Now, in the circumstances we’re in, having spent decades pissing away the wealth and resources of the nation into places that just don’t work without limitless and cheap petroleum, trying to get people’s minds around what we actually do runs into all kinds of failures of understanding and raw attitude problems. We have a population largely in suburban zones, who think of that as normal. Talk about functional cities in intelligently arrangements of walkable areas and efficient public mass transport, and you’ll find people who instantly equate “urban” with “ghetto“, and regard anything about public mass transport as some kind of communist plot to steal and waste taxpayer’s money.

This is a challenging situation, to be gentle about it.

 

The specific case of Detroit is just one, as I said, that’s especially extreme, and important to look at closely just because of that severity. At this point, as was addressed in a story on the midday radio show Here and Now, people are doing things like trying to have at least somewhat organized and coherent salvage of old derelict houses.

 

Incidentally, looking at a photo of an example place in the middle of the city of Detroit, it’s obvious and striking, to say the least. It’s not just the crumbling abandoned house, that was once a perfectly good happy home to families. It’s what’s around the house, or, to be more specific, what’s not. There are endless examples of places like that, where, if the photographer backed up for a wider view, you would see a vast expanse of little or nothing around the place, where there was once a full living neighborhood.

So, there’s that “deconstruction” project. Then what?

People such as Calthorpe and the general New Urbanist bunch have the right ideas. People need to become aware of them, and get past any stupid notions like “oh, that sounds nice in some idealistic way, but that’s not realistic, we can’t do that, we don’t want to do that, that’s just now how things are done”. There isn’t an option here. The way these guys think is the way everybody thought about cities and how to arrange the places we inhabit, before assumptions of endless petroleum fueled Happy Motoring kicked in, and there were, and are, fundamental practical reasons to that thinking. We all have to get our heads around the fact that this is not going to be optional. This is how things are going to go, whether we’ve planned it, and worked it out well, or not.

I came across a great example of people thinking these things through and creating a plan for building places that makes sense. In this case, somebody applied the formal descriptive term of “Microcommunities” (they capitalized the word, not me). It’s just a little unfortunate, a mild annoyance, that this reflects the need some people have to stick some kind of novelty term on something to give it some sort of, what, marketing appeal, or whatever you might call it, rather than just letting it stand on its own, as a thing as it is, just, you know, good design. There has to be some kind of lingo, to make something sound more special, that ought to be just plain normal. (It just occurred to me that some character somewhere will say something about “branding”.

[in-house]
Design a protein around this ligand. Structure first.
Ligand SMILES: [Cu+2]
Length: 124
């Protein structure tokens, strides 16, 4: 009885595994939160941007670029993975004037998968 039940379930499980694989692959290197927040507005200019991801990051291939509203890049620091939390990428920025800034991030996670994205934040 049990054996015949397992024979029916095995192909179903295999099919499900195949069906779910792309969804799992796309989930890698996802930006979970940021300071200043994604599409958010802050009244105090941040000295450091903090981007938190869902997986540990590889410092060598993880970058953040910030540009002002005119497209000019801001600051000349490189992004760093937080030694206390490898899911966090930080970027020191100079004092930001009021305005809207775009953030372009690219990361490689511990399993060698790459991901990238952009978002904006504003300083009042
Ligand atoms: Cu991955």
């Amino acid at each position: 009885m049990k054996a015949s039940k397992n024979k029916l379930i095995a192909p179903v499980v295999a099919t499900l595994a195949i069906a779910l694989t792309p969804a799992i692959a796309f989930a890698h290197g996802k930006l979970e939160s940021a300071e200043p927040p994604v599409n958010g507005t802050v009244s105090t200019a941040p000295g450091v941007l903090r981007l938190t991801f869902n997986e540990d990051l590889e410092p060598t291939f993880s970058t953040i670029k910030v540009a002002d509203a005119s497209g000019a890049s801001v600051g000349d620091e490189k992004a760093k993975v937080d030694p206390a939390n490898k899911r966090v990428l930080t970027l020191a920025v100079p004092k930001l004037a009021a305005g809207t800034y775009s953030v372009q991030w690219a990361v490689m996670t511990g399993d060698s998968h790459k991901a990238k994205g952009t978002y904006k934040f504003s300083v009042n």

The design plan offered up comes from a bunch called Dwell Development, a project they call Columbia Station. I’ll skip a large pile of chattering I could do in describing the thing, and let you go and look things over for yourself.

Look at it in terms of function. I mean, just like we could get all bogged down in the whole subject of what novel lingo (or “branding”?) people feel necessary to slap on things, aside from the thing itself, its characteristics and value, I thing about how easy it is to go off and look at presentations on some architectural firm’s website and get all wound up in the particular aesthetics of the stuff at hand. Thoughts come to mind about how more than a few people can get derailed when it comes to this kind of thing, treating it like being pointed to an art gallery show opening or something, maybe having an attitude about it something like “hey, I haven’t got time for this shit, I got to deal with the real world and practical stuff”.

The whole point of this particular design project is about the real world practical stuff.

It’s about making places that work, that function, in line with reality, and making places that are worth inhabiting while we’re at it. It isn’t a novelty, it isn’t a new fashion, and it’s not complicated. I hate to belabor the point, but it isn’t even really new.

Again, the impulse of some people to slap some kind of label on things can be unfortunate in more way than one, and I think that’s true in having to stick the terms “New Urbanism“, and “New Urbanists“, on forms of thinking and the people involved, when that stuff is largely about recovering old understanding and knowledge that people already figured out, and applied, long ago.

When considering this movement, and the thinking involved, there are, of course, areas where there can be new thinking, and where there’s a need for new thinking. We’re not talking about some simplistic retro-nostalgia fashion wave here. That might need emphasis, as I see the potential for serious problems in terms of people severely misunderstanding it all, thinking this is some retro movement of people saying “if only we would return to the old traditional ways, life would be grand”. People could seriously miss the point.

That whole movement is about living in the present and moving into the future, with a grasp of practical reality as the basis, with an understanding that much of what we need to change, and do, going forward, we already know how to do. It’s just simply that so much of it was tossed away, as if it was obsolete. That was a royally epic mistake. There’s really no way to overstate the problem there.